'Parks and Recreation' Review: "Leslie vs. April"Britt Hayes |
Well, here we are at last -- Leslie Knope finally gets to meet the man of her dreams, Vice President Joe Biden, in this week's new 'Parks and Recreation.'
'Parks and Rec' gets all that Joe Biden business out of the way fairly quickly (though it was kind of amazing) so we can move onto more important issues, like lot 48, which hasn't been forgotten. As it turns out, April thinks it would make a great dog park, but Leslie is still determined to turn it into a regular park for kids. And here's something we haven't really seen before: what happens when one of those young women that Leslie works so hard to nurture and inspire wants something that Leslie doesn't, but fights just as hard as Leslie would -- and even against Leslie herself -- to get what they want? This idea was teased a bit in the "Pawnee Rangers" episode, in which Leslie's Pawnee Goddesses demand she open the issue of allowing a Pawnee Ranger to join the troop up to a public forum, and she's begrudgingly proud of her young proteges.
It's similar material here, but with something Leslie is much more invested in -- the lot that was once the giant pit behind Ann's house that Leslie fought so hard to get filled so that she could one day transform it into a beautiful park. She doesn't want to dismiss April's ideas, so she instead tries to find alternative locations (none of which are suitable) before finally going to Ron to ask how he slowed her down when she became too pushy with her ideas. His suggestions include busy work and menial tasks, and distracting April by appealing to one of her interests, so Leslie goes with her to Oren's new performance art project, Human Farm, in which visitors can actually feed Oren by hand. (I can't be alone in wanting to feed Oren at the Human Farm, right?)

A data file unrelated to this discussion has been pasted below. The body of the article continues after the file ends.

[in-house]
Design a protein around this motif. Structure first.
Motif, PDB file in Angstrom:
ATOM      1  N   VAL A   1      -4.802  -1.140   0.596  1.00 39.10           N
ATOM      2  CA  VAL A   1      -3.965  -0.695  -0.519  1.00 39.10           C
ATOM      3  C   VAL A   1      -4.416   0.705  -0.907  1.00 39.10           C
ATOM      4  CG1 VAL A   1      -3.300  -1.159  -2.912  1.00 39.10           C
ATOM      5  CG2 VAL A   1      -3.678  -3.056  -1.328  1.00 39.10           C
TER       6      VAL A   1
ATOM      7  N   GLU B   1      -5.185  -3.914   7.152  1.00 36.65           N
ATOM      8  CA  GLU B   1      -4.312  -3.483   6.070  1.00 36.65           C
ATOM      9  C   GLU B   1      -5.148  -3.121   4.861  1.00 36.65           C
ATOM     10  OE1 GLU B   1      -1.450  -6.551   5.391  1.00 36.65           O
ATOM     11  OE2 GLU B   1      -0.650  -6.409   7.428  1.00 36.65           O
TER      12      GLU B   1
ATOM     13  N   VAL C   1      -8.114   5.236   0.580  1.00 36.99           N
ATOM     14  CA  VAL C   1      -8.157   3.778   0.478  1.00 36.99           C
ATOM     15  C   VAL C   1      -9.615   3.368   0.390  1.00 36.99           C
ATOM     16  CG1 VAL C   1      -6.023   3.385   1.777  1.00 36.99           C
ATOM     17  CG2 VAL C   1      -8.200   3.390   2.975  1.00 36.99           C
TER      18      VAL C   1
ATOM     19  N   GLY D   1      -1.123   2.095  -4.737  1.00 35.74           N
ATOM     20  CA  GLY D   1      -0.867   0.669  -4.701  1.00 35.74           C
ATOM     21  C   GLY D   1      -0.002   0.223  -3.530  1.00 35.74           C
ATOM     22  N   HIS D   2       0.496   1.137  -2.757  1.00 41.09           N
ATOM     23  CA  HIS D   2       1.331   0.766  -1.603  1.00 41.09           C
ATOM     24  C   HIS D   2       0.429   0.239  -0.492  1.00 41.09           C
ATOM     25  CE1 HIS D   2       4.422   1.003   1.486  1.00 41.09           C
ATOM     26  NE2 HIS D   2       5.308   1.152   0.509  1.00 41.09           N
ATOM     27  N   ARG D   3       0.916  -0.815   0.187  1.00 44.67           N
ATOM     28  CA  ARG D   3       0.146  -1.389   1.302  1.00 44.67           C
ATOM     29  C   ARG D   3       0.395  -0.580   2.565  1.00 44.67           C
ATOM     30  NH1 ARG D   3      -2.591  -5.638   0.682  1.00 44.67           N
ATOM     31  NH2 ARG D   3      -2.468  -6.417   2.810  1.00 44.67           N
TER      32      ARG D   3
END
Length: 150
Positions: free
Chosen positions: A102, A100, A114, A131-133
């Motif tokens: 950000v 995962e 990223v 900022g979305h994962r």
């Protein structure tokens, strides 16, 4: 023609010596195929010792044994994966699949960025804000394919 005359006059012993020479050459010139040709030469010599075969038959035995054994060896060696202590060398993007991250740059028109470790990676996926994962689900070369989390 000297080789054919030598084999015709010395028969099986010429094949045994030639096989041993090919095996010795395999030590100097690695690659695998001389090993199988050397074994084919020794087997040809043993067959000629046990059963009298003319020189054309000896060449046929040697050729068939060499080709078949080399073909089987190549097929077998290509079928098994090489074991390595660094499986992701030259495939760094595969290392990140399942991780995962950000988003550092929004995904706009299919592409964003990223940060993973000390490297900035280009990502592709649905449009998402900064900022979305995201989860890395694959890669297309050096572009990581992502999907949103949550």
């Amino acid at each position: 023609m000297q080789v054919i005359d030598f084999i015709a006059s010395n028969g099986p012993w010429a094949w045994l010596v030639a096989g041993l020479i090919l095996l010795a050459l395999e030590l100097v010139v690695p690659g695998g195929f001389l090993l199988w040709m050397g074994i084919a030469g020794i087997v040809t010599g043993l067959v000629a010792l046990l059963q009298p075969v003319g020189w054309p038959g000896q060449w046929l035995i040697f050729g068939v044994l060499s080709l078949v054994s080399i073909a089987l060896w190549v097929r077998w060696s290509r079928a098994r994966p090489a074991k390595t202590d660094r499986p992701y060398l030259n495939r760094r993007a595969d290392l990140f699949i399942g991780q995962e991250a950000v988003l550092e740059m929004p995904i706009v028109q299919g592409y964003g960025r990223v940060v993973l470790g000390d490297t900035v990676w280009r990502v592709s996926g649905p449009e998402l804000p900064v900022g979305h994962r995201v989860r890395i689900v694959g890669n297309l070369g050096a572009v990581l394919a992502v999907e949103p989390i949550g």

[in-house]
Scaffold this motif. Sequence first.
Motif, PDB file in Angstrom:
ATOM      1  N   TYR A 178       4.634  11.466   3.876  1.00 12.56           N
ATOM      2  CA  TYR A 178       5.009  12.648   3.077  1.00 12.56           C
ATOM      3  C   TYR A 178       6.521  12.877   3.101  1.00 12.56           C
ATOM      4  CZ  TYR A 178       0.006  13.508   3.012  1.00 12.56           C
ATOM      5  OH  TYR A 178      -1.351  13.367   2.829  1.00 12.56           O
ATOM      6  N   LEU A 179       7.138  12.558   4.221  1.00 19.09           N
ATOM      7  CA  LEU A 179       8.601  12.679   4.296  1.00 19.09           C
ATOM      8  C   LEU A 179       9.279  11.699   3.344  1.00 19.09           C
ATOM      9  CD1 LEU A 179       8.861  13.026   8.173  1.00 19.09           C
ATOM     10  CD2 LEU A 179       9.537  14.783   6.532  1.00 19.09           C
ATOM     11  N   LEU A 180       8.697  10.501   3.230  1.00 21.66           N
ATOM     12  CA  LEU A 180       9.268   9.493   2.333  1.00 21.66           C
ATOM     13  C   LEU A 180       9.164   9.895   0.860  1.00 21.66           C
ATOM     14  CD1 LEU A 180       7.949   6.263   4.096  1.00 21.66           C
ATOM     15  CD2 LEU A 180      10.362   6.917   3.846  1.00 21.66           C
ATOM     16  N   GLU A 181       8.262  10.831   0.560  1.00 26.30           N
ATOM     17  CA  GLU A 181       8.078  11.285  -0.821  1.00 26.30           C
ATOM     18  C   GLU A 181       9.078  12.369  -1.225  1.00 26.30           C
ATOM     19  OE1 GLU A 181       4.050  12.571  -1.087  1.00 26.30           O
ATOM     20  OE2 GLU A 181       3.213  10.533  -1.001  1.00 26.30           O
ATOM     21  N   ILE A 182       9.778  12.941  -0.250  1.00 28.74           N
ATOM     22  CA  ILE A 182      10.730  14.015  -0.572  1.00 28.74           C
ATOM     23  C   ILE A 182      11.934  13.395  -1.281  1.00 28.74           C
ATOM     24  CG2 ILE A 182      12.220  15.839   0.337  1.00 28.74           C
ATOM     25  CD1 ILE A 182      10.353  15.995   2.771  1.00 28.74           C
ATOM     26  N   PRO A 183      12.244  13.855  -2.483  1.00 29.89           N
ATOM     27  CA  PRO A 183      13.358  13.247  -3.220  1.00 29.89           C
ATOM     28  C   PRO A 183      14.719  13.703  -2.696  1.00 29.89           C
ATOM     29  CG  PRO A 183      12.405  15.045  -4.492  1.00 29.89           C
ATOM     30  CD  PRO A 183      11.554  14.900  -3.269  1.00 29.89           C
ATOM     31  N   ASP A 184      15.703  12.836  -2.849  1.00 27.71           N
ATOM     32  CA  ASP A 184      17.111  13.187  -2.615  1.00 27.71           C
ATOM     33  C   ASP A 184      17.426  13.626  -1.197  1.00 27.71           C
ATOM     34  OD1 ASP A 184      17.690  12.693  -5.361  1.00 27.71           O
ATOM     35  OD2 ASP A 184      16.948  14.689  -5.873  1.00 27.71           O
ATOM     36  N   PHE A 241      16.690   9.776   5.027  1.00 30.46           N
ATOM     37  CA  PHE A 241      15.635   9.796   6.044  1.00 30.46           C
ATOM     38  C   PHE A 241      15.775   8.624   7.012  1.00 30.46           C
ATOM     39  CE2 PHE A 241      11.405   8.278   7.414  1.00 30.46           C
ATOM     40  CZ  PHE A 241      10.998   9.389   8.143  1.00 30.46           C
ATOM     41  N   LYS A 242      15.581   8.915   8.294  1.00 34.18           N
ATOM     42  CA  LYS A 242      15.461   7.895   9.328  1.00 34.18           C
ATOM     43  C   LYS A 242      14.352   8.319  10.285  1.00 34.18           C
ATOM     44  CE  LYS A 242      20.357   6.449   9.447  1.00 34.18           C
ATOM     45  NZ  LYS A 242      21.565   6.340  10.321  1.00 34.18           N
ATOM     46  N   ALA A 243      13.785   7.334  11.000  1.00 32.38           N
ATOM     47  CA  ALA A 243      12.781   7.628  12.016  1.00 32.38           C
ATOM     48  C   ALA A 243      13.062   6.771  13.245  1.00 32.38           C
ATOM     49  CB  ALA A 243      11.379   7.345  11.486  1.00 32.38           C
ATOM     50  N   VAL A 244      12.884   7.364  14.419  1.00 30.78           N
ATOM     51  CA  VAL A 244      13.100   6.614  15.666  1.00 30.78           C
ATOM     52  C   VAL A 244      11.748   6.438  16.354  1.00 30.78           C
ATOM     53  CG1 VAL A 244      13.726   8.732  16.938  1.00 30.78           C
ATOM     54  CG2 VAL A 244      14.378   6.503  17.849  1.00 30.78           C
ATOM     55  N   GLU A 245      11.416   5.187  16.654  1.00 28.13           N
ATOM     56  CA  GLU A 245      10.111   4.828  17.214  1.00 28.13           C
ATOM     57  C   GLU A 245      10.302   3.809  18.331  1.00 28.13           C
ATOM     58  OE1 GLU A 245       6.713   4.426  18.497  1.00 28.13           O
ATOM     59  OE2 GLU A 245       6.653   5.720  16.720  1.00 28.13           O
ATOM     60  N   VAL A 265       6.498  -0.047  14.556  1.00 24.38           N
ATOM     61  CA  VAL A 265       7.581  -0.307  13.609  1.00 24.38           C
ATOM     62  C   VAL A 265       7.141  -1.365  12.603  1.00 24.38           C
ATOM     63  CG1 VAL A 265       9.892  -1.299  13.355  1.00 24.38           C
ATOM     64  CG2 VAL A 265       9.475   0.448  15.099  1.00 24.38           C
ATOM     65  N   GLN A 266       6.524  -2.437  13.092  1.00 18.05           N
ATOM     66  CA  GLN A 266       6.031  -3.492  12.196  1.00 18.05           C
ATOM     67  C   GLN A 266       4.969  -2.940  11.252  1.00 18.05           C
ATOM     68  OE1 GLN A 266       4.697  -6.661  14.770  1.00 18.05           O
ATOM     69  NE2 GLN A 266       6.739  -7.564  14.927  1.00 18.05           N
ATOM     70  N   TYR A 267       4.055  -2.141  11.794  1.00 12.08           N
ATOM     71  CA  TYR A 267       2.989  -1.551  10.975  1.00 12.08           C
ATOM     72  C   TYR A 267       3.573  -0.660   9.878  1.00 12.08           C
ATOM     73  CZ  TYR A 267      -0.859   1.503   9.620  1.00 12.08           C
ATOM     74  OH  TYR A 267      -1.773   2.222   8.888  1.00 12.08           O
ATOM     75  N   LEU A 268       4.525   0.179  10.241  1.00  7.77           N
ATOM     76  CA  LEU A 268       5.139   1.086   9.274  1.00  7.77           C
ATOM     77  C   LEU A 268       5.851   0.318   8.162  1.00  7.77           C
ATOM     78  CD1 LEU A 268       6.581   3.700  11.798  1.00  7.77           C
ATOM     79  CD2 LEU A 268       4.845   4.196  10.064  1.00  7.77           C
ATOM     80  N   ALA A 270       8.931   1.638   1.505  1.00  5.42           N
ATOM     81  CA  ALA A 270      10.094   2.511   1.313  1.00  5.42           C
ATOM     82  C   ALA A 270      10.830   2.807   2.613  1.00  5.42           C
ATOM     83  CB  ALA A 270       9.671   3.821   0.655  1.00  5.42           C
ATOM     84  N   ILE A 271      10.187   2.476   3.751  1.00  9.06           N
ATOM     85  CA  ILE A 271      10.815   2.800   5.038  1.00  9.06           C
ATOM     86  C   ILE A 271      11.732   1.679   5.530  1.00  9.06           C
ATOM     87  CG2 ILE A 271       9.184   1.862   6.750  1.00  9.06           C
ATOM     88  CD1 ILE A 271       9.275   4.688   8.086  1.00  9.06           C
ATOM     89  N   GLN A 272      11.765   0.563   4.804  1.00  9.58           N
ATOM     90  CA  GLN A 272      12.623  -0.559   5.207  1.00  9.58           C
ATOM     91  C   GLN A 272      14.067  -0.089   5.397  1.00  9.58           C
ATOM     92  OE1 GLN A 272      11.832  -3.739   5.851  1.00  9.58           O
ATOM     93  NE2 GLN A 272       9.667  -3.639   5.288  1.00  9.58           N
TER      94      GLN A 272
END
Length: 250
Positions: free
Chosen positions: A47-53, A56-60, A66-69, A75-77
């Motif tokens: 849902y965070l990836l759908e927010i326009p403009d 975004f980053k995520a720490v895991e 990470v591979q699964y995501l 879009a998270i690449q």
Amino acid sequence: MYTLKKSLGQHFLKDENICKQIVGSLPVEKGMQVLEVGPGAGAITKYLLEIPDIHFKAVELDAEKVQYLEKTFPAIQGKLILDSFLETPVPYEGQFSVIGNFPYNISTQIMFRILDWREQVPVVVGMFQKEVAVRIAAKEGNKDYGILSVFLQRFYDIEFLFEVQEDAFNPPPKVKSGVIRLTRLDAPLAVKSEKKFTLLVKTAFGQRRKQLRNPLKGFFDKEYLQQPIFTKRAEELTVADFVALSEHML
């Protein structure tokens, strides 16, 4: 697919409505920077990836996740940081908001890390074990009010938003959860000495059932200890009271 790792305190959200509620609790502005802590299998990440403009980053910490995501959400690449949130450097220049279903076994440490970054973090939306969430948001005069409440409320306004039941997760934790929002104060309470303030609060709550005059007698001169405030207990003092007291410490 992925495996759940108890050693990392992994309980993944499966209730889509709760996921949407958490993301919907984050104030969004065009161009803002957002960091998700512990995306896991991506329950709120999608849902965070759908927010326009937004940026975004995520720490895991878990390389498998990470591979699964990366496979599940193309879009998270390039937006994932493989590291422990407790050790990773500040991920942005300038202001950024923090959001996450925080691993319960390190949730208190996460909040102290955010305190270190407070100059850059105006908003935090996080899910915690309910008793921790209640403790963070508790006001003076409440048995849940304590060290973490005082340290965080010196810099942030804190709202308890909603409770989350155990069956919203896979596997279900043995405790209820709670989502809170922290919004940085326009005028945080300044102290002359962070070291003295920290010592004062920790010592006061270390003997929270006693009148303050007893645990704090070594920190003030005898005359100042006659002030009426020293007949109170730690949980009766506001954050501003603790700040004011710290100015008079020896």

But Leslie isn't really giving April enough credit because she figures it out and appeals to councilman Jamm for help, who interrupts her presentation in front of the city council by declaring that he wants to sell the lot to Paunch Burger. And luckily, this gives Ann more to do this week than just sit around and talk about her ex-boyfriends and how she's still single -- instead, she gets to repair April and Leslie's relationship, and the three of them bring a bunch of dogs and kids to Jamm's yard to frolic until he agrees to put the future of lot 48 up for vote, giving the ladies three months to get their plans in order.
The connective tissue this week is all about characters living up to their potential. For April, it's becoming the woman Leslie always knew she was and finding something she's truly passionate about. For Andy, it's figuring out if being a cop is what he really wants when computers go missing at work and he's disappointed to discover that real policing is all about paperwork (and now that he's taken a job as a security officer around city hall, we'll get to see more of his delightful faux-copping). For Tom, it's all about making stacks on stacks on stacks on stacks -- but he's kidding because he actually has a great business idea for once and he just needs Ben's financial prowess to pull it off.
This leads to Ben's potential, of which he has so much. As he takes Tom around to help get his new business some exposure, it's not Tom the companies are interested in -- it's Ben. Sweetums wants Ben to help with their new non-profit, which they've started to combat the bad press from the molasses storage explosion that resulted in a "slow-moving ecological disaster" in which people somehow died. The local news team wants Ben as a correspondent for their new political show. And Tom just wants some help from his friend. In the end, Ben goes back to the accounting job he turned down before he left Pawnee and he turns it down again (in a hilarious scene that embraces the redundant absurdity, replete with Ben's bad math puns) to pursue something he's interested in, which might just be anything but accounting right now.